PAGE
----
Affordable Care Act Delay Means Reprieve for Districts
School district administrators are breathing a collective sigh of relief: The Obama administration announced yesterday that reporting and implementation requirements of some parts of the Patient Protection and Affordable Care Act will be delayed from 2014 until 2015.
Employers will have an additional year before they are required to report on employees' health care enrollment status, and those with more than 50 employees have an additional year before they must either pay for full-time employees' health insurance or face a penalty. The administration had received complaints that the requirements were too complex to implement by 2014.
The administration says that the delay will allow the government to consider simplifying the reporting requirements while allowing employers to determine their plans. Formal guidance on the transition is expected within the next week, according to the announcement. Other parts of the law are still on schedule, according to a White House blog.
While districts will still have to work out just how to meet the ACA's requirements, the delay means "they'll have some breathing room and not feel pressured to come up with a solution that might not meet standards and be subject to a penalty," said Francisco M. Negrón, the general counsel of the National School Boards Association (NSBA).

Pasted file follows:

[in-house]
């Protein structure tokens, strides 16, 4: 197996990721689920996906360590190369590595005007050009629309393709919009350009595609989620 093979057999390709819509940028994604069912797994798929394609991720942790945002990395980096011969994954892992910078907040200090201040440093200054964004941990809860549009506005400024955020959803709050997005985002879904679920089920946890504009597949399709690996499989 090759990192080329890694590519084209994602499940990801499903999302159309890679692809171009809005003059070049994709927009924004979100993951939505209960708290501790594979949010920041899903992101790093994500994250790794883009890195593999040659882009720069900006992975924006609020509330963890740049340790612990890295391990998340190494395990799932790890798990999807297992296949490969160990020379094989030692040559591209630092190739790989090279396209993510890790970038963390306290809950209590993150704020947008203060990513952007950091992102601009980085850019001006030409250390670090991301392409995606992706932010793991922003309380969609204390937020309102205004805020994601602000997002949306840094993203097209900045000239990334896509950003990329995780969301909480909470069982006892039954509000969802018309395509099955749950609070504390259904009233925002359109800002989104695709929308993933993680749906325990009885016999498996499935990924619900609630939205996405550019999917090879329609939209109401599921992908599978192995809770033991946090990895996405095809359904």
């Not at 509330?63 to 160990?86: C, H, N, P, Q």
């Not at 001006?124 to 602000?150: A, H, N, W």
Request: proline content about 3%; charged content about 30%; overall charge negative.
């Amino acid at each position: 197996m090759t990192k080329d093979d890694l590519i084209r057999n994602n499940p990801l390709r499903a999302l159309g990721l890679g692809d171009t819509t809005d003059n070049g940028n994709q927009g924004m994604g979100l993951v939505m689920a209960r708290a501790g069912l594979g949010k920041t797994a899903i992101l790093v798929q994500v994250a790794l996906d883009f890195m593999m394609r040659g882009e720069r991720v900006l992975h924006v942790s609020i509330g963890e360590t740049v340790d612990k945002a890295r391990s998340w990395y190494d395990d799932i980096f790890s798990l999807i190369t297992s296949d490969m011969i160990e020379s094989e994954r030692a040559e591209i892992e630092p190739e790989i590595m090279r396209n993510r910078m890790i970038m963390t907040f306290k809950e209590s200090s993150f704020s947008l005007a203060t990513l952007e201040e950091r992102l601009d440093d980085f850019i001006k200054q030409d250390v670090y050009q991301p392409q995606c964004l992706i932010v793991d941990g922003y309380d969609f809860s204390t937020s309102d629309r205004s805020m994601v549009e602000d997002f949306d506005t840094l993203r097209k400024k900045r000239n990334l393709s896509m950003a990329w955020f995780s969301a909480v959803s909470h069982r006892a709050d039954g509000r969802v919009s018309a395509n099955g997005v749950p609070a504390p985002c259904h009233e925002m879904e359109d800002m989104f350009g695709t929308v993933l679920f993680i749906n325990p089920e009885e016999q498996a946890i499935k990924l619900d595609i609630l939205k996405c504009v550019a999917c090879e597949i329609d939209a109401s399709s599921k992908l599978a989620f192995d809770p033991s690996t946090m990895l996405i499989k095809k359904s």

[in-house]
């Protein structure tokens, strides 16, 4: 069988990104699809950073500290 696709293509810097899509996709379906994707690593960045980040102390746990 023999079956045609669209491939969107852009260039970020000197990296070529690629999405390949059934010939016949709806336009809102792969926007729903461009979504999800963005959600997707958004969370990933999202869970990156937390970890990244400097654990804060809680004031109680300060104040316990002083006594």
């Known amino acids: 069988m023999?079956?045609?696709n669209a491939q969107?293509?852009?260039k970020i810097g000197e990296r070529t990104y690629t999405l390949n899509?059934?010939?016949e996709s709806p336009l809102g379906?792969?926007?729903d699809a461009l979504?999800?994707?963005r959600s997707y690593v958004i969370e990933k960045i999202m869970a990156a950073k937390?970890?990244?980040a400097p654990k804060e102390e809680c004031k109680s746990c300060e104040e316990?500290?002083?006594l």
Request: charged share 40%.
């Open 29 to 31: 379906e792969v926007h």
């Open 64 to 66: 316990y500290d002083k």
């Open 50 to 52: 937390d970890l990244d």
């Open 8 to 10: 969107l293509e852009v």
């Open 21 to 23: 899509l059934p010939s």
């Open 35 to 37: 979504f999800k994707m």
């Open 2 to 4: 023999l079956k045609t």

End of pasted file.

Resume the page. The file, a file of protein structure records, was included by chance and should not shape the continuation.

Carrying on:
This March, during a comment period, the NSBA sent a letter to the Internal Revenue Service describing some challenges districts would face in attempting to implement the law and asking for clarification on other matters.
The NSBA's March letter describes several areas that would prove confusing or challenging for districts. In some case, it might not be clear if a district has more than 50 employees. For instance, are school board members who receive stipends employees? What is the status of substitute teachers who work for multiple school districts? The letter also outlines challenges that school districts that employ members of multiple unions might encounter.
Around the country, school districts had already begun considering how the requirements of the new law will affect their staffing arrangements and financial situations.
In Pennsylvania, the Central Penn Business Journal reports, more districts are considering contracting out some positions that had traditionally resided within the district. Check out the article for more detail about how both contractors and the district are thinking about how to prepare for the Affordable Care Act.
The Kansas Health Institute reported on the challenges small districts in that state were anticipating.
The NSBA said today that it was pleased that there would be a delay. Negrón said the nation's school districts are eager for more guidance and clarification regarding the Affordable Care Act.
My colleague Mark Walsh wrote about some of the implications of the Affordable Care Act last summer. And just yesterday, our Rural Education blog featured a story on how the implementation will be challenging for rural districts in particular.